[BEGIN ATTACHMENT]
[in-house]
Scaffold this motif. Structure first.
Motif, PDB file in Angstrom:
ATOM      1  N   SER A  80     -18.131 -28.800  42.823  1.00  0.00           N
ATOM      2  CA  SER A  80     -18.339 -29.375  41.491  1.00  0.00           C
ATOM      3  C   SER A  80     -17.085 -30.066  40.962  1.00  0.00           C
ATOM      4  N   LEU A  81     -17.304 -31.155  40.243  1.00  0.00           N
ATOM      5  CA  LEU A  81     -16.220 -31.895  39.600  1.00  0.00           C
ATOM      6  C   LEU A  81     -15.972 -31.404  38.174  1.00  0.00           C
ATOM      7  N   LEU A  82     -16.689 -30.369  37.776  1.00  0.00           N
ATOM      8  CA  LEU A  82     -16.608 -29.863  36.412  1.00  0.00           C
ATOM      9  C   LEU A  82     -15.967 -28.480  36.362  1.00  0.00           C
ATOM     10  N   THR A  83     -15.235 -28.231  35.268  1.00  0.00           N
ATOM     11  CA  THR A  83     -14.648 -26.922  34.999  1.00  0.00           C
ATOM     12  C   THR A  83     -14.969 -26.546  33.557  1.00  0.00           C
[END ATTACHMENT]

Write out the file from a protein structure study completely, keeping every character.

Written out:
[in-house]
Scaffold this motif. Structure first.
Motif, PDB file in Angstrom:
ATOM      1  N   SER A  80     -18.131 -28.800  42.823  1.00  0.00           N
ATOM      2  CA  SER A  80     -18.339 -29.375  41.491  1.00  0.00           C
ATOM      3  C   SER A  80     -17.085 -30.066  40.962  1.00  0.00           C
ATOM      4  N   LEU A  81     -17.304 -31.155  40.243  1.00  0.00           N
ATOM      5  CA  LEU A  81     -16.220 -31.895  39.600  1.00  0.00           C
ATOM      6  C   LEU A  81     -15.972 -31.404  38.174  1.00  0.00           C
ATOM      7  N   LEU A  82     -16.689 -30.369  37.776  1.00  0.00           N
ATOM      8  CA  LEU A  82     -16.608 -29.863  36.412  1.00  0.00           C
ATOM      9  C   LEU A  82     -15.967 -28.480  36.362  1.00  0.00           C
ATOM     10  N   THR A  83     -15.235 -28.231  35.268  1.00  0.00           N
ATOM     11  CA  THR A  83     -14.648 -26.922  34.999  1.00  0.00           C
ATOM     12  C   THR A  83     -14.969 -26.546  33.557  1.00  0.00           C